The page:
There he sat, head held high, eyes staring

By Allen Moff Record-Courier staff writer Published:

There he sat, head held high, eyes staring blankly ahead as he reflected on a Kent State football career that had just come to an end on a losing note. A career marred by an 0-11 senior season. A career that included just six wins in 44 outings.

That's sorry.

And so was Cogan.

But not for himself.

"I don't feel bad for myself. I feel bad for the coaches," said Cogan, following a season-ending 31-21 loss to Ohio. "Coach (Dean) Pees has put a lot of the blame for what happened this year on himself and he's taken some major heat, and that's not really fair.

"I'm not making excuses, but we went through a lot of adversity this year. But the coaches just kept on fighting, and that's how they wanted us to react. The thing I feel the worst about is that we couldn't give them a win."

A winless season was the last thing Pees ever imagined he'd have to go through in his first year as a collegiate head coach. And he readily admits it was tough on everyone.

Especially Dean Pees.

"It was very tough," he said. "I haven't been on a team that's even had a losing season since I can remember. But the easiest thing to do when things are going wrong is to question what you're doing, then make changes. And I wouldn't let myself do that.

"For 25 years I was a smart coach, and I don't think I suddenly became stupid in one year. I know what I'm doing and what I believe works."

Still, little the Flashes did worked in '98.

A high-octane offense that scorched teams for 31 points and 442 yards a game a year ago produced just 13.5 points and 304 yards per outing this season.

Kent struggled to run the ball from game one to 11 (MAC-worst 86.8 yards per game, 2.6 yards per rush), and the passing attack was inconsistent due to various mistakes by all parties involved.

"We tried to do the same things that made us successful in the past, but we didn't have the people to do it," said Pees. "We were not a five-step, drop-back team, but that's what we prepared ourselves to be. So we tried to make changes as the year went on, and that's not a good time to make them."

Defensively, improvement was minimal. The Flashes once again finished the season ranked last in the conference in virtually every category, including total defense (473.5 yards allowed per game), rushing defense (310 ypg) and scoring defense (41.3 ppg).

"We have to learn to be more physical on both sides of the ball," said Pees. "We have to run the ball and stop the run if we're ever going to be a good football team."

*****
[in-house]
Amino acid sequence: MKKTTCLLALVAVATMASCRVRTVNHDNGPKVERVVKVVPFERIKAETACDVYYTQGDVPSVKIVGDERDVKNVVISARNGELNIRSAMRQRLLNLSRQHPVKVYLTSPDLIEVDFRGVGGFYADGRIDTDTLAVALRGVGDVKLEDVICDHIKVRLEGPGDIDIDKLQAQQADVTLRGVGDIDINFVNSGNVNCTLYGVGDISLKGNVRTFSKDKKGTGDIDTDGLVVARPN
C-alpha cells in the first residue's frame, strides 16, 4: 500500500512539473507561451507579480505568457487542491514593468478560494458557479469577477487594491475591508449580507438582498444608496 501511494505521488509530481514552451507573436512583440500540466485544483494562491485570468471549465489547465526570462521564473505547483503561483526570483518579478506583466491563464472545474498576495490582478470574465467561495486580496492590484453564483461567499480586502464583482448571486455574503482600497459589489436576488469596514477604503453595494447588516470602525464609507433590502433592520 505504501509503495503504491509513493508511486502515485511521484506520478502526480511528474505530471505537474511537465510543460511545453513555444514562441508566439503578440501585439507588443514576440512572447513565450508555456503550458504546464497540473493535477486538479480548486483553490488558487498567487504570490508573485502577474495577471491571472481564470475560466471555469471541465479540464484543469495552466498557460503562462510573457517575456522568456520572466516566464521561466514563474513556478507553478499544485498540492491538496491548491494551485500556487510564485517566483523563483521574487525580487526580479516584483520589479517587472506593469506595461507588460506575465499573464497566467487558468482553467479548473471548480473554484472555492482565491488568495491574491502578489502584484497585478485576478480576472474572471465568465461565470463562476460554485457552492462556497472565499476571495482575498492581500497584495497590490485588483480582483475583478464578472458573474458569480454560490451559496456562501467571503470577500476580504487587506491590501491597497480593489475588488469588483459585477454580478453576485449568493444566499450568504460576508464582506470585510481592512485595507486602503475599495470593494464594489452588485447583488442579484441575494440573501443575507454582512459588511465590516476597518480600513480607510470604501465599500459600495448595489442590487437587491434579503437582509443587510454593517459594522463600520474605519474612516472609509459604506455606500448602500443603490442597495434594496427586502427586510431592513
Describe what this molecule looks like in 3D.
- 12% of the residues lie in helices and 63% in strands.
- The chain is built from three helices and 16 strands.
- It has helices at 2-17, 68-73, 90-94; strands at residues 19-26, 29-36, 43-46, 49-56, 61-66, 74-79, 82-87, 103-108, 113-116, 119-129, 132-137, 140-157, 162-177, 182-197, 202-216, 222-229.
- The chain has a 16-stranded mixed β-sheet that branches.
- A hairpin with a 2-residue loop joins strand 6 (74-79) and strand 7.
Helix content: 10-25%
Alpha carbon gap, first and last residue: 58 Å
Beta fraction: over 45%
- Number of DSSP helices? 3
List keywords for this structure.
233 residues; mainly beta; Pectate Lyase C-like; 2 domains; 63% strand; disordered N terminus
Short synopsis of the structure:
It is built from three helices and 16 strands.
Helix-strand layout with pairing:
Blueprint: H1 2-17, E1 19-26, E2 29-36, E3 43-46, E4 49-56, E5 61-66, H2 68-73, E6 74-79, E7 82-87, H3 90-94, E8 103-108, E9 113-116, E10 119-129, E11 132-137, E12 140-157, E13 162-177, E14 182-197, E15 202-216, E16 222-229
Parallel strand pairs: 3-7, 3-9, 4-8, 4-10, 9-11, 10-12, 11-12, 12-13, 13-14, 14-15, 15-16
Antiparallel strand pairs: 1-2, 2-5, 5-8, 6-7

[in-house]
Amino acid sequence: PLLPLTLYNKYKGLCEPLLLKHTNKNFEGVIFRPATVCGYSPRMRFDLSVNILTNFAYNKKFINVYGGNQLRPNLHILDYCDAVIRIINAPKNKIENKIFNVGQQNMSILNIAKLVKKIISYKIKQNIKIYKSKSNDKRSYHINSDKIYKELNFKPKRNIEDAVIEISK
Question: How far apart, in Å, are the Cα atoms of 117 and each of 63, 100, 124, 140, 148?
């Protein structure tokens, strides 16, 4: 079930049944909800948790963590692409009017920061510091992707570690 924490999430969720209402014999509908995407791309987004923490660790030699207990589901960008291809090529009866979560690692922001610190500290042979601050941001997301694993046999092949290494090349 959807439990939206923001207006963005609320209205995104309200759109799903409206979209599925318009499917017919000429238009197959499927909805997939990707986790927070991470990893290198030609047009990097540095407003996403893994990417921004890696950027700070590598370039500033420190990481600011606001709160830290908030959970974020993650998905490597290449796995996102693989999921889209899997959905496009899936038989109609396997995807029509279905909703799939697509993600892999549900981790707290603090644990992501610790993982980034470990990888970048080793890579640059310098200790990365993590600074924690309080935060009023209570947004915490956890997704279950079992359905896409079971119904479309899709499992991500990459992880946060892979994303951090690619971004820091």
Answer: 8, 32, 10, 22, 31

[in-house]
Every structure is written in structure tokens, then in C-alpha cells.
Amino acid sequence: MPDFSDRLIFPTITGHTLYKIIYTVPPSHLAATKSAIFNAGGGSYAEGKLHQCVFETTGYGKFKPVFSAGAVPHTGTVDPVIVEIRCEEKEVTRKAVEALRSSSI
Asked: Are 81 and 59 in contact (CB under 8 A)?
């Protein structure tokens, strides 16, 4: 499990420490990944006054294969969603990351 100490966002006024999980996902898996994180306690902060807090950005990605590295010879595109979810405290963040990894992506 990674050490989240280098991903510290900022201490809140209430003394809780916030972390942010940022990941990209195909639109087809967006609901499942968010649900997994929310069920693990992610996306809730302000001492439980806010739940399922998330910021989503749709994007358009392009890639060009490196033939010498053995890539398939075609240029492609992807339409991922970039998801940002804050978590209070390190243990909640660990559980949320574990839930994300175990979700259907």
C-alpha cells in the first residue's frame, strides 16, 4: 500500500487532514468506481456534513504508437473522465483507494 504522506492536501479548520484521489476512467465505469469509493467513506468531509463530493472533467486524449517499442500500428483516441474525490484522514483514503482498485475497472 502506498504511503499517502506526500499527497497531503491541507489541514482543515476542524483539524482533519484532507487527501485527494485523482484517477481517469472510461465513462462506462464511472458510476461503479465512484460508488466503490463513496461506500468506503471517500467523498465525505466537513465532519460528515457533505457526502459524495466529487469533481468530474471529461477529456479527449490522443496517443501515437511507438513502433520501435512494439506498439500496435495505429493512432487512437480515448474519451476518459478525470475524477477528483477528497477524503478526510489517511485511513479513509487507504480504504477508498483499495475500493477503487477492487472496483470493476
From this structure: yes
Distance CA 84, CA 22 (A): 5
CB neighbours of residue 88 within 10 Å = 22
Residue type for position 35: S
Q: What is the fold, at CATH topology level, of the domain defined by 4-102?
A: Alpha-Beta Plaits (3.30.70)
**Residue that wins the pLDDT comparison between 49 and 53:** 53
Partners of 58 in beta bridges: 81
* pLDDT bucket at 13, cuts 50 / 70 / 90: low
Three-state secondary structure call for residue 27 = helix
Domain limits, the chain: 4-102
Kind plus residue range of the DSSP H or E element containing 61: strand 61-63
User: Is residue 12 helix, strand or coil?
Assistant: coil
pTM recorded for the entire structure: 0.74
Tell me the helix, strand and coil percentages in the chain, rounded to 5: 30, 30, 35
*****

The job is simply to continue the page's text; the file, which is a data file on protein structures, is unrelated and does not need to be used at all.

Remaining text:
Keeping key players on the field would have also helped immensely. But that didn't happen.

"We had 14 kids that either quit, were suspended or couldn't make it academically," said Pees. "Add another 13 that we lost to injury, and that's 27 players that were here in January that weren't here halfway through the season. It's tough for any football team to survive without 27 players.

"And it's not like we went into the year thinking we were a contender with the people we had."

Still there's no denying the bottom line, which reads 0-for-11 in '98.

"I know that's what people see. And no one's more disappointed with our record than I am," said Pees. "But it's not like the season was a total loss. Our leading rusher was a freshman, DeMarlo Rozier. The leading punt returner in the MAC was a freshman, Jurron Kelly. Our leading tackler, Rashan Hall, was a freshman who played just nine games.

"We had 14 freshmen and a bunch of sophomores letter, and we were still able to redshirt (about 15) players that will step in and contribute next year. That's the biggest positive. That's what we plan to grow on."

And grow they will according to Cogan, a four-year letterman who wishes his career was just beginning.

"I've been here the last four years, and I can't say how much this program has improved since coach Pees came in," said Cogan. "The best move the administration ever made was to bring in this staff. Maybe it doesn't seem like it now, but you'll see results."

Notes

Junior quarterback Jose Davis finished seventh in the MAC in passing efficiency, fourth in total offense (211.1 yards per game) and fourth in passing yards (204.6). He struggled in the season finale (4-of-9, 33 yards, 1 int.) because he tried to come back from a thigh injury too soon, according to Pees. "Jose is a guy that could have just packed it in and started thinking about basketball season, but he did everything he could to play that last game. So I thought it was important that he play. In retrospect that may not have been a good decision because he wasn't physically ready to play, but I'm not down on Jose. Quite the opposite." ... Pees said he doesn't foresee any staff changes at this time. ... Senior wide receiver Eugene Baker was named second-team All-MAC even though he missed the last five games of the season with a broken clavicle. Baker dressed for the final game of his collegiate career, but did not see action. ... One of the school bookstores is pulling t-shirts off the shelves that poked fun at the Kent football program after Pees met with the manager on Tuesday. "What has bothered me more than anything that's happened to this program internally are the actions of some of the people you'd think would support us. I don't understand it. We have to fight our own people, and that's ridiculous. I don't expect people to come out in droves until we win, but there's no need to be negative and be against us. Either support us or get out of the way."

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